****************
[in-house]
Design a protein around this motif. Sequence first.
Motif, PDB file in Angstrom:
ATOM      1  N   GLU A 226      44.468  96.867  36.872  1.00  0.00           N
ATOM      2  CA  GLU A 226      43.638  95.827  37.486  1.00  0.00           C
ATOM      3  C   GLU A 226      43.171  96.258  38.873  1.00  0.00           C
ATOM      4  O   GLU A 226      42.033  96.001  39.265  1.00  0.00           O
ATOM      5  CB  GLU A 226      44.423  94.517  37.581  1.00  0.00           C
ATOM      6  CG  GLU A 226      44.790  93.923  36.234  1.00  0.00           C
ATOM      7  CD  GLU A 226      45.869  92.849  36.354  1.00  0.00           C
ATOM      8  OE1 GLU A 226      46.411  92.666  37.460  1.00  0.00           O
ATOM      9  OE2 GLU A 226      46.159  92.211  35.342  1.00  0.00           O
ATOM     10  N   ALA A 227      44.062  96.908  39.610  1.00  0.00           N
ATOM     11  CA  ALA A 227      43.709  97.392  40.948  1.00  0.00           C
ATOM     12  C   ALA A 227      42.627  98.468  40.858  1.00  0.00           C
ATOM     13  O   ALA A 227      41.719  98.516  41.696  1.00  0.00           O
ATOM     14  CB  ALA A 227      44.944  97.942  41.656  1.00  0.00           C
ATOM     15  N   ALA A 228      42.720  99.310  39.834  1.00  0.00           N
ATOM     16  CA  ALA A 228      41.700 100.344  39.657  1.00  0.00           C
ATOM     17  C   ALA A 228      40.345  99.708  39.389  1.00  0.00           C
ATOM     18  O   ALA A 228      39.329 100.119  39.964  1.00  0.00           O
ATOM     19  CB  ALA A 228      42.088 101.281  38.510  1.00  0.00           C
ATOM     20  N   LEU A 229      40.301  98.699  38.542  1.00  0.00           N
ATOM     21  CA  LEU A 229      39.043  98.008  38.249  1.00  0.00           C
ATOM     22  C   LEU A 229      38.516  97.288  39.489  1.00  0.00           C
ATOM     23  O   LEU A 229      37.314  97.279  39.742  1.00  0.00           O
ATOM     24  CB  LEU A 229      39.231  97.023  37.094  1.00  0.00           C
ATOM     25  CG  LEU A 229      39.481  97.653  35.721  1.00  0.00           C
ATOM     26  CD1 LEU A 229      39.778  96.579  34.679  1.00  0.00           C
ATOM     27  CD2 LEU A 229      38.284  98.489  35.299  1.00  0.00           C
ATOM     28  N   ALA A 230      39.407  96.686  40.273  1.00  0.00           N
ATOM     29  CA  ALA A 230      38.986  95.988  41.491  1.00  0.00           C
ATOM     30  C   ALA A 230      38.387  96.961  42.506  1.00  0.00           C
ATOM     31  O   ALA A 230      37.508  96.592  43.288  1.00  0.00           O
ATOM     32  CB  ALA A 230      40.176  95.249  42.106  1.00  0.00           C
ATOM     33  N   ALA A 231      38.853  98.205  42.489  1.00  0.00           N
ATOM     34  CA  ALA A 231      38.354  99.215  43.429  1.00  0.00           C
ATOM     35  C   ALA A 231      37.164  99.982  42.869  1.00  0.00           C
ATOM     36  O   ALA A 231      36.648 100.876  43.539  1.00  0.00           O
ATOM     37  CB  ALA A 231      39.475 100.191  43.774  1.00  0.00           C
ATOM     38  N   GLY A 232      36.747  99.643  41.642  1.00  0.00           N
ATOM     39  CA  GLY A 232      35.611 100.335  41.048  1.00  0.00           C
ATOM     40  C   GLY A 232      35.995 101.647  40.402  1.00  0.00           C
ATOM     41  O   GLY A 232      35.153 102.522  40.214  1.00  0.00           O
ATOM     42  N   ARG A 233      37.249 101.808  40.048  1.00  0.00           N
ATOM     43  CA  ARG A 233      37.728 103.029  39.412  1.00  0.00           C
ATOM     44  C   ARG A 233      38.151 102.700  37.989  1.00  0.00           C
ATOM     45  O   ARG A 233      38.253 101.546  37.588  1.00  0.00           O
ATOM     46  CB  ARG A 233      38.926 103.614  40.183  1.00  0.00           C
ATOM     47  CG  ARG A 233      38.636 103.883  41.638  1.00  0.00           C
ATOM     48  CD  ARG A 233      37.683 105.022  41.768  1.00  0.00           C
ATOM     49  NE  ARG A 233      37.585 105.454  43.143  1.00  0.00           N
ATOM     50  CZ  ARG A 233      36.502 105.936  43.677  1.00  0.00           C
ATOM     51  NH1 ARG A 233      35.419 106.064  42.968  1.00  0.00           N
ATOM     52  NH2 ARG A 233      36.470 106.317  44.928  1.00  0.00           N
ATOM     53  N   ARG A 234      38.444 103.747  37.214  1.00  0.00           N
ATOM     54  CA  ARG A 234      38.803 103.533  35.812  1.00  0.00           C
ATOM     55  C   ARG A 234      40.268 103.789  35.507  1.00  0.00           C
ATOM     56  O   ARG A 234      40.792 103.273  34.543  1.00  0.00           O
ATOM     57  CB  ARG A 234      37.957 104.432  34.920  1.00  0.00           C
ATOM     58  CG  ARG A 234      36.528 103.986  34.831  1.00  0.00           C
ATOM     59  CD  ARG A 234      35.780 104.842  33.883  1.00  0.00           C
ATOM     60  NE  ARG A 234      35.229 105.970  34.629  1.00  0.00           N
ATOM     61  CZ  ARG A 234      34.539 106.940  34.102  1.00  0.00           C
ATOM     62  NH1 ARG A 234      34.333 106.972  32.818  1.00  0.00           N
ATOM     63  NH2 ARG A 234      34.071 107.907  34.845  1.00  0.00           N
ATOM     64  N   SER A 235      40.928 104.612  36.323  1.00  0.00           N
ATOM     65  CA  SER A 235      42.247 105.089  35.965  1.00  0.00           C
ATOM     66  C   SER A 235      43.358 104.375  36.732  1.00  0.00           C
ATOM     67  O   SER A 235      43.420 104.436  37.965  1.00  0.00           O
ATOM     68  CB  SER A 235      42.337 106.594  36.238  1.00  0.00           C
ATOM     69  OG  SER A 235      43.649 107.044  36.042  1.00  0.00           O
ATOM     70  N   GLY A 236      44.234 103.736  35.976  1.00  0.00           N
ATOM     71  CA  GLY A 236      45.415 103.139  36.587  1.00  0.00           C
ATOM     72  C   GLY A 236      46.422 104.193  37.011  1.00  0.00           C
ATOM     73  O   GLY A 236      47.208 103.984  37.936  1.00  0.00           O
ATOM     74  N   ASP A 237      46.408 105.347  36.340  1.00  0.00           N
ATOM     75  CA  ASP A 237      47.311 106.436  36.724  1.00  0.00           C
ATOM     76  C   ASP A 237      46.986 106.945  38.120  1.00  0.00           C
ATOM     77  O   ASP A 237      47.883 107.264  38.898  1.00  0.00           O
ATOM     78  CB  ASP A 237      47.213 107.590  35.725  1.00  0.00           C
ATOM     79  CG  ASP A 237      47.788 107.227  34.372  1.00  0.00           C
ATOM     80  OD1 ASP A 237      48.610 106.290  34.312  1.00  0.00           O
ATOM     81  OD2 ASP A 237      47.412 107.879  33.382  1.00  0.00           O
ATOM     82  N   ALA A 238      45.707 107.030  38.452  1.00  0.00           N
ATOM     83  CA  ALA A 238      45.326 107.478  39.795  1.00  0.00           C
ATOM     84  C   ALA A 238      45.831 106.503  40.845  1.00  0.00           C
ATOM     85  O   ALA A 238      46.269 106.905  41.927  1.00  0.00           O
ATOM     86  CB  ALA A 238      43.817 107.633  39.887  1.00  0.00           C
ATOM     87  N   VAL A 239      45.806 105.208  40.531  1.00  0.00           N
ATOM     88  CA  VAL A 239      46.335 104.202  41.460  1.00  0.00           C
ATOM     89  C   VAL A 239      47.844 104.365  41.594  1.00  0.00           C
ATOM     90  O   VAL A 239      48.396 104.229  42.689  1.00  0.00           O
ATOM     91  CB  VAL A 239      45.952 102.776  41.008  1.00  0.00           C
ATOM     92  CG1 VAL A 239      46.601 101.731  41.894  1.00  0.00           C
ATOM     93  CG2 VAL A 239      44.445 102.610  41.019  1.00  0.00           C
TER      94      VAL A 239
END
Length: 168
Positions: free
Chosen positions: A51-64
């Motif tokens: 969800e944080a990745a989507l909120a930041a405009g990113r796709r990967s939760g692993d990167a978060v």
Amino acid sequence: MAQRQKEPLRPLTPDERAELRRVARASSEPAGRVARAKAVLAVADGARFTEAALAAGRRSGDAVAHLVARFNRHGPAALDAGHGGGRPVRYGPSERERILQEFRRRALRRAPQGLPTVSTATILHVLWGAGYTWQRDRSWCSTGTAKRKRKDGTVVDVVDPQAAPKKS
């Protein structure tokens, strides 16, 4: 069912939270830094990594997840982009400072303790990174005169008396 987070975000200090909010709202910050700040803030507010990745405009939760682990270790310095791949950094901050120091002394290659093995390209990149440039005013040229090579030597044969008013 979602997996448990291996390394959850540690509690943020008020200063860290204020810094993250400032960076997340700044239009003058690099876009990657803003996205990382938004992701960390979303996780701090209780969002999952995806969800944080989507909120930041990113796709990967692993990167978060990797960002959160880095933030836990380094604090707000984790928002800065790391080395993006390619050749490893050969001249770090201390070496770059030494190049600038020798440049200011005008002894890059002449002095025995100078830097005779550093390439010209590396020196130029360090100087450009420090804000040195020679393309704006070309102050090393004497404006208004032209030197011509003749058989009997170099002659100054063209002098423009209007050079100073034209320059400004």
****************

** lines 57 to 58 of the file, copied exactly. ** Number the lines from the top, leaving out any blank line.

ATOM     54  CA  ARG A 234      38.803 103.533  35.812  1.00  0.00           C
ATOM     55  C   ARG A 234      40.268 103.789  35.507  1.00  0.00           C